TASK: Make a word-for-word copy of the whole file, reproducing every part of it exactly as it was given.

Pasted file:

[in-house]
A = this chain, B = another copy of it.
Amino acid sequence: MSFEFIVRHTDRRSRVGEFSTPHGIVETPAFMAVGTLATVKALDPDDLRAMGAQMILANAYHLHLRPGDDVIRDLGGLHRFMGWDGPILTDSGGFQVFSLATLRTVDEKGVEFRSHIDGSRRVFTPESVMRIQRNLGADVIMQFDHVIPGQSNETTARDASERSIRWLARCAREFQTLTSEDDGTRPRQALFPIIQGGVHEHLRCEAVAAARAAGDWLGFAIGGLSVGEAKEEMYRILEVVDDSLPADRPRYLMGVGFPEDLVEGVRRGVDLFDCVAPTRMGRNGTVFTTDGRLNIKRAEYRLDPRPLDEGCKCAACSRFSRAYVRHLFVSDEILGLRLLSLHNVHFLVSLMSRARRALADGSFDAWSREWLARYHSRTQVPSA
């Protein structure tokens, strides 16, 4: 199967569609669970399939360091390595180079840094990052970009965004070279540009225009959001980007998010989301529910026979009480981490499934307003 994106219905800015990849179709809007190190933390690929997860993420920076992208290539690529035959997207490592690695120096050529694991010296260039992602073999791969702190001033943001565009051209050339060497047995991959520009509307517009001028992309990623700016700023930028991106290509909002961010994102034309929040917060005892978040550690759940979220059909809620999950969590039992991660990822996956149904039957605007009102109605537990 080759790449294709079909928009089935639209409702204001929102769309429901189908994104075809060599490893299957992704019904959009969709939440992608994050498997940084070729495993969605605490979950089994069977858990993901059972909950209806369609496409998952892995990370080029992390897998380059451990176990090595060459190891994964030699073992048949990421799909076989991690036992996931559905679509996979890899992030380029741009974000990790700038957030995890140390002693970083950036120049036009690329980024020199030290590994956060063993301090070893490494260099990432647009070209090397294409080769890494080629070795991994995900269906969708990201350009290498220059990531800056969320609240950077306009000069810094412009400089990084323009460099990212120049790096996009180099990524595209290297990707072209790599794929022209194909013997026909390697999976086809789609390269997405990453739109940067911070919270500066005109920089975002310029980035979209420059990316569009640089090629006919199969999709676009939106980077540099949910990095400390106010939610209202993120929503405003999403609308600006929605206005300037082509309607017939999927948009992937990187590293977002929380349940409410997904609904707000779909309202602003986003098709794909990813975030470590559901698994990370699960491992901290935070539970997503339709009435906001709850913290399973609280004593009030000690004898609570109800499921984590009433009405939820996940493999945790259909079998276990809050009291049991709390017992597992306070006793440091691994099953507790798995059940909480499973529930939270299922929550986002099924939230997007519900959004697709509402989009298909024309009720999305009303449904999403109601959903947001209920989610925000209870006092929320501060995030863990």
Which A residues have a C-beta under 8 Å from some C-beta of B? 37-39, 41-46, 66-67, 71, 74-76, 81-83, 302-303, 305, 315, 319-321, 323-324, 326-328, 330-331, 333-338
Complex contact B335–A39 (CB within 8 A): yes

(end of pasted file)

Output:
[in-house]
A = this chain, B = another copy of it.
Amino acid sequence: MSFEFIVRHTDRRSRVGEFSTPHGIVETPAFMAVGTLATVKALDPDDLRAMGAQMILANAYHLHLRPGDDVIRDLGGLHRFMGWDGPILTDSGGFQVFSLATLRTVDEKGVEFRSHIDGSRRVFTPESVMRIQRNLGADVIMQFDHVIPGQSNETTARDASERSIRWLARCAREFQTLTSEDDGTRPRQALFPIIQGGVHEHLRCEAVAAARAAGDWLGFAIGGLSVGEAKEEMYRILEVVDDSLPADRPRYLMGVGFPEDLVEGVRRGVDLFDCVAPTRMGRNGTVFTTDGRLNIKRAEYRLDPRPLDEGCKCAACSRFSRAYVRHLFVSDEILGLRLLSLHNVHFLVSLMSRARRALADGSFDAWSREWLARYHSRTQVPSA
């Protein structure tokens, strides 16, 4: 199967569609669970399939360091390595180079840094990052970009965004070279540009225009959001980007998010989301529910026979009480981490499934307003 994106219905800015990849179709809007190190933390690929997860993420920076992208290539690529035959997207490592690695120096050529694991010296260039992602073999791969702190001033943001565009051209050339060497047995991959520009509307517009001028992309990623700016700023930028991106290509909002961010994102034309929040917060005892978040550690759940979220059909809620999950969590039992991660990822996956149904039957605007009102109605537990 080759790449294709079909928009089935639209409702204001929102769309429901189908994104075809060599490893299957992704019904959009969709939440992608994050498997940084070729495993969605605490979950089994069977858990993901059972909950209806369609496409998952892995990370080029992390897998380059451990176990090595060459190891994964030699073992048949990421799909076989991690036992996931559905679509996979890899992030380029741009974000990790700038957030995890140390002693970083950036120049036009690329980024020199030290590994956060063993301090070893490494260099990432647009070209090397294409080769890494080629070795991994995900269906969708990201350009290498220059990531800056969320609240950077306009000069810094412009400089990084323009460099990212120049790096996009180099990524595209290297990707072209790599794929022209194909013997026909390697999976086809789609390269997405990453739109940067911070919270500066005109920089975002310029980035979209420059990316569009640089090629006919199969999709676009939106980077540099949910990095400390106010939610209202993120929503405003999403609308600006929605206005300037082509309607017939999927948009992937990187590293977002929380349940409410997904609904707000779909309202602003986003098709794909990813975030470590559901698994990370699960491992901290935070539970997503339709009435906001709850913290399973609280004593009030000690004898609570109800499921984590009433009405939820996940493999945790259909079998276990809050009291049991709390017992597992306070006793440091691994099953507790798995059940909480499973529930939270299922929550986002099924939230997007519900959004697709509402989009298909024309009720999305009303449904999403109601959903947001209920989610925000209870006092929320501060995030863990």
Which A residues have a C-beta under 8 Å from some C-beta of B? 37-39, 41-46, 66-67, 71, 74-76, 81-83, 302-303, 305, 315, 319-321, 323-324, 326-328, 330-331, 333-338
Complex contact B335–A39 (CB within 8 A): yes